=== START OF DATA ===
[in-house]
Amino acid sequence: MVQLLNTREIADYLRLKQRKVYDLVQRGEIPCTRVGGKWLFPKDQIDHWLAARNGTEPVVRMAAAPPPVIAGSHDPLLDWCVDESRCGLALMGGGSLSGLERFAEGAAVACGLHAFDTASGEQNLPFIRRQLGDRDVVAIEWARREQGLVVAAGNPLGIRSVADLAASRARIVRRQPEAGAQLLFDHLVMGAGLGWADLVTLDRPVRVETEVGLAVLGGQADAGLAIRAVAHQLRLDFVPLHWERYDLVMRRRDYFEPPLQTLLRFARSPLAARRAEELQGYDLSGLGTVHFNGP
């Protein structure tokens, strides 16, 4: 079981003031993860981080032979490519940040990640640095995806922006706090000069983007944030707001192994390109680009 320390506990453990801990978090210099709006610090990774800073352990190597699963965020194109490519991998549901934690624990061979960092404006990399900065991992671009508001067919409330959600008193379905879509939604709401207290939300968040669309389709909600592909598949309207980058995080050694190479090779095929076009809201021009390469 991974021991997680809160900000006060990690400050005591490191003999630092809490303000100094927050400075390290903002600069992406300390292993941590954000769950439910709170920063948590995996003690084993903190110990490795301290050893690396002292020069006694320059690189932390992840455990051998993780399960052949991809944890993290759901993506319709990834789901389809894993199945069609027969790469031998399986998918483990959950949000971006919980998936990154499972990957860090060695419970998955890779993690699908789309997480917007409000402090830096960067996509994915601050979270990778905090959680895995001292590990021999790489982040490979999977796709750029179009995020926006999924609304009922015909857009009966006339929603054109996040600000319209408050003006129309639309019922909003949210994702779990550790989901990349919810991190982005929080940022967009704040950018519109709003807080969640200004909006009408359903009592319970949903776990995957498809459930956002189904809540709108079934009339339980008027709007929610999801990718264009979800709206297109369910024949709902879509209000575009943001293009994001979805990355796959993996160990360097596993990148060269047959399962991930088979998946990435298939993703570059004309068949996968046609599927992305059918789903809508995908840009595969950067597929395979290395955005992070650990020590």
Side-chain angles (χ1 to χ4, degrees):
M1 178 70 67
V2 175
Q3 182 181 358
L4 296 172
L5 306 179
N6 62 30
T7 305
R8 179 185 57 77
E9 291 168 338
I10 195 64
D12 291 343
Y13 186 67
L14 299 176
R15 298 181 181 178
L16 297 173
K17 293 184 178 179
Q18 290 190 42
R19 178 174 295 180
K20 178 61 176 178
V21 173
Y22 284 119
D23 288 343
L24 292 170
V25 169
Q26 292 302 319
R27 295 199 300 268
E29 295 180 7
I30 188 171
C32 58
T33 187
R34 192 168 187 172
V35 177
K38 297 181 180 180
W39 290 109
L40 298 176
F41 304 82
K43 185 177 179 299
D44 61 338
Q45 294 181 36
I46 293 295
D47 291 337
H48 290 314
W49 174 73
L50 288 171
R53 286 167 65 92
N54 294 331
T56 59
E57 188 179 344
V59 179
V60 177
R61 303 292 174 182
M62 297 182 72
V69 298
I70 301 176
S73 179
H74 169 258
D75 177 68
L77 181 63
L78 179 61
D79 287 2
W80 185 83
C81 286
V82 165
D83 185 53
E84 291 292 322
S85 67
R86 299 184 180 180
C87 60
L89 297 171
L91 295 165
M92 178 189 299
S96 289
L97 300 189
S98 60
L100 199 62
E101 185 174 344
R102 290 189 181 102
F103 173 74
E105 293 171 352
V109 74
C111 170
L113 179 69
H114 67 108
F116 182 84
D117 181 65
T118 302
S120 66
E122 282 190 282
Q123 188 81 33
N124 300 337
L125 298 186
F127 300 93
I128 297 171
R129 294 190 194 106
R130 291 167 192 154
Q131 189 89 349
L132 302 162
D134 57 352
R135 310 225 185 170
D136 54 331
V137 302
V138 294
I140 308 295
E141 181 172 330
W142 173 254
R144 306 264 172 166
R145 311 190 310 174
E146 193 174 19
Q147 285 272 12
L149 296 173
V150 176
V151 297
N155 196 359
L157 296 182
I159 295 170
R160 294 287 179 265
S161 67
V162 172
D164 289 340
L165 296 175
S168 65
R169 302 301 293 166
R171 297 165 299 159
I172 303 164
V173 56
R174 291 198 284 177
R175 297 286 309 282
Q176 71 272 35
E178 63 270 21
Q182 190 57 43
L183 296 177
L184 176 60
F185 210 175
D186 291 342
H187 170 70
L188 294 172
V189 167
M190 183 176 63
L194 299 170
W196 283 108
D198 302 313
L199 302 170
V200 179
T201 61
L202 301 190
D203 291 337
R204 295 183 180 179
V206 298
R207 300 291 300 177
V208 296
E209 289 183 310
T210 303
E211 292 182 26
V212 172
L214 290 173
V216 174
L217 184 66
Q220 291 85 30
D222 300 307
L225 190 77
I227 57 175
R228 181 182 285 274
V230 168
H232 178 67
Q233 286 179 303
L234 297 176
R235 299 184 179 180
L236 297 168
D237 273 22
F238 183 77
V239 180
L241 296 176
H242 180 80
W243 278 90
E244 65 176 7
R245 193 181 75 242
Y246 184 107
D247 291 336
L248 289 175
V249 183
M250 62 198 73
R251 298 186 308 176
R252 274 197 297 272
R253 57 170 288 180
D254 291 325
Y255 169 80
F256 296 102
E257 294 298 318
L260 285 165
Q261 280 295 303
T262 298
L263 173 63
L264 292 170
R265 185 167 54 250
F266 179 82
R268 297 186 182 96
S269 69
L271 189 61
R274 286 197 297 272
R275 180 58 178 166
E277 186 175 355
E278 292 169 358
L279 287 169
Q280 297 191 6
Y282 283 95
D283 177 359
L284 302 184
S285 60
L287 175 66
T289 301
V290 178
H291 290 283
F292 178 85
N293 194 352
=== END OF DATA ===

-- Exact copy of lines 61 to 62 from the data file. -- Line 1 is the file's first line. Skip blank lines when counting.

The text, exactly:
D75 177 68
L77 181 63